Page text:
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  1. #1
    Senior Member Cuffs's Avatar
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    Tree Strap Width

    Hey all! Long time, not post!

    Im looking at replacing the tree straps that came with my HH. Will 1" wide webbing work? I think what came with it was 1.5" or 2"...
    Get busy living, or get busy dying.

  2. #2
    Senior Member FanaticFringer's Avatar
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    1" wide webbing would work. Preferably polyester. Have you ever considered other suspension options such as cinch buckles or rings? I hated tree hugger straps, but if they work for you that's all that matters.
    Last edited by FanaticFringer; 10-14-2008 at 23:34.
    "Every day above ground is a good day"

  3. #3
    kayak karl's Avatar
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    strapworks

    Quote Originally Posted by Cuffs View Post
    Hey all! Long time, not post!

    Im looking at replacing the tree straps that came with my HH. Will 1" wide webbing work? I think what came with it was 1.5" or 2"...
    Hi Cuffs, i use this site that was suggested by HF http://www.strapworks.com/Strapworks...ling_s/174.htm i buy 1' poly them at 12' (looped at both ends) and use descending ring.
    Last edited by kayak karl; 10-15-2008 at 02:34. Reason: ' not"

  4. #4
    Senior Member JaxHiker's Avatar
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    The first time I made them I used 2" poly. I just picked up some 1" for when I finally get around to moving to a ring buckle system. Now I just have to get off my duff and get some rings.

  5. #5
    Senior Member headchange4u's Avatar
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    1" polyester webbing is what I have used for a long time with no problems.
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  6. #6

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    Quote Originally Posted by kayak karl View Post
    Hi Cuffs, i use this site that was suggested by HF http://www.strapworks.com/Strapworks...ling_s/174.htm i buy 1' poly them at 12' (looped at both ends) and use descending ring.

    I've been thinking of replacing my straps. I have one (rather stupid) question. What size loops are most people ordering? Seems like a 2 inch loop would be about right. The only thing being hooked to it would be my mini biner. Am I missing something?

    Miguel

  7. #7
    Member Manach's Avatar
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    Quote Originally Posted by kayak karl View Post
    i buy 1' poly them at 12' (looped at both ends) and use descending ring.
    Looped at both ends? How's that work?

    Hey guys, this got me thinking about the ring buckle system. I put one together based on the original system on Jeff's site, using a strap with a loop, a carabiner on the loop to hook to the strap. I never considered, though, why bother with the carabiner? The ENO slap straps work this same way but without the carabiner; the strap goes around the tree and then through the loop. Is there a reason one should use the carabiner? Does it reduce stress on the loop's stitches?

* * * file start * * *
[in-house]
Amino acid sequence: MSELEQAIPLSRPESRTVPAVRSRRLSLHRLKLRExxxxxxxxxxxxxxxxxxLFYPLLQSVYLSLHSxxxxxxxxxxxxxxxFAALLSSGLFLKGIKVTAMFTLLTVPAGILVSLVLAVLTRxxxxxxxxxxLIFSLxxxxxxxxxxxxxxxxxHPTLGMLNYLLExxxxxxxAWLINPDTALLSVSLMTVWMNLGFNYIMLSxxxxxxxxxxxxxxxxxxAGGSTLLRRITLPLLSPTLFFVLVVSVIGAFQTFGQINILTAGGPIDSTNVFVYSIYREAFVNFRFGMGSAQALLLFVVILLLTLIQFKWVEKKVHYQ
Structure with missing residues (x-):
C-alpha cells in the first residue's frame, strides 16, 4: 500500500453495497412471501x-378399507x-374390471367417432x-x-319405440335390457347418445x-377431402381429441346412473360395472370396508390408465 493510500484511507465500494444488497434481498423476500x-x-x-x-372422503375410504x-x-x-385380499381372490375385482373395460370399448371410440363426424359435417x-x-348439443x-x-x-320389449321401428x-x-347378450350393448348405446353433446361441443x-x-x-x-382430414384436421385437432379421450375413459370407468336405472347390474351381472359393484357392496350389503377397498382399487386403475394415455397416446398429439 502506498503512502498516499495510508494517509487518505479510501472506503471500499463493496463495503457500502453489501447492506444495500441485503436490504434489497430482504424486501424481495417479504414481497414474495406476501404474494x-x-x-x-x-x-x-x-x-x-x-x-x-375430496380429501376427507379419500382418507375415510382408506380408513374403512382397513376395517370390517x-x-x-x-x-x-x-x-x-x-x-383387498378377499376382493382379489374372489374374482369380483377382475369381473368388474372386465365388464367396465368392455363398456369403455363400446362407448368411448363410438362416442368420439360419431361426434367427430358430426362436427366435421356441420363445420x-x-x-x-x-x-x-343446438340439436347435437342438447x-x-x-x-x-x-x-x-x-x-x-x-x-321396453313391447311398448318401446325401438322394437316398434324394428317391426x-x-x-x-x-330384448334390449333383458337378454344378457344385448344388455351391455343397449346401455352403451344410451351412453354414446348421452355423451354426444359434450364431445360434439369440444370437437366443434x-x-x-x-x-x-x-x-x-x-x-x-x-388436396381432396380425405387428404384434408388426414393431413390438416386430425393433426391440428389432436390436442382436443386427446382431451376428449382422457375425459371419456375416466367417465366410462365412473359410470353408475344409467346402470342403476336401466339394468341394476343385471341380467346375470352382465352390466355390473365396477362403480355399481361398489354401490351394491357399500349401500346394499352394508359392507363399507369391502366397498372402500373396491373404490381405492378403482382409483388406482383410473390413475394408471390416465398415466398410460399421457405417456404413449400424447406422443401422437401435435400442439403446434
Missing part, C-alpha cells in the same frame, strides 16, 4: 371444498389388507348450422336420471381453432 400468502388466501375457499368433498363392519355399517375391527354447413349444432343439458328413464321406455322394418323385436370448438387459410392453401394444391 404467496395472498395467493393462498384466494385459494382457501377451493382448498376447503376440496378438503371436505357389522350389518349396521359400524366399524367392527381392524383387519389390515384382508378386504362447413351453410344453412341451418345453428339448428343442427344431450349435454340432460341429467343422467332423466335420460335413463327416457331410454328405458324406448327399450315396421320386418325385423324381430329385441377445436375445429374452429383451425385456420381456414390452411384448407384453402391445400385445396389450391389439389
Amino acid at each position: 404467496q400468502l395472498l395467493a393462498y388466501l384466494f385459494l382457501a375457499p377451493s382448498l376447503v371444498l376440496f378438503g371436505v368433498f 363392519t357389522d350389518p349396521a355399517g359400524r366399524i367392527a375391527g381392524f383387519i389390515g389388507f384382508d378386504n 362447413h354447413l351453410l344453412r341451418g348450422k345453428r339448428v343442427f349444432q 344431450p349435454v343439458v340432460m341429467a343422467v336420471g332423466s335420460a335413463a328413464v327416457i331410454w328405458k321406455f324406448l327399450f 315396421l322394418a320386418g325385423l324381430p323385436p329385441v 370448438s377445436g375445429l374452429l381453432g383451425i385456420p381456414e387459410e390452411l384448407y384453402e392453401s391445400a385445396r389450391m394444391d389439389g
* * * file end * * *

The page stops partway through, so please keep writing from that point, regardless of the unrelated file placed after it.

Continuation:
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  8. #8
    Senior Member angrysparrow's Avatar
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    Quote Originally Posted by Manach View Post
    Is there a reason one should use the carabiner? Does it reduce stress on the loop's stitches?
    Yes, webbing has a tendency to fuse to itself in this situation. The webbing against webbing abrasion is a bit problematic. This has been remarked on by several different people.

    If you do try it, though, watch carefully for signs of wear.
    “I think that when the lies are all told and forgot the truth will be there yet. It dont move about from place to place and it dont change from time to time. You cant corrupt it any more than you can salt salt.” - Cormac McCarthy

  9. #9
    Member Gumbi's Avatar
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    Quote Originally Posted by Manach View Post
    Looped at both ends? How's that work?

    Hey guys, this got me thinking about the ring buckle system. I put one together based on the original system on Jeff's site, using a strap with a loop, a carabiner on the loop to hook to the strap. I never considered, though, why bother with the carabiner? The ENO slap straps work this same way but without the carabiner; the strap goes around the tree and then through the loop. Is there a reason one should use the carabiner? Does it reduce stress on the loop's stitches?
    I recently switched over to the ring buckle system, and boy is it ever convinient and fast! Using carabiners not only prevents wear, but it also makes setup even faster. It is no longer necessary to remove the strap from the rings in order to hang the hammock. Talk about fast and easy! Just remember to put in a slip knot or half hitch in the strap behind the rings. Yes, it does add weight to the system, but for me, the convenience makes it worth every extra ounce...

  10. #10
    Ramblinrev's Avatar
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    I lkie the biner because I don't need to undo the straps to set up or take down. Just unclip the biner and pack up. Throw the end of the strap around the tree and snap.. final adjustment time.
    I may be slow... But I sure am gimpy.

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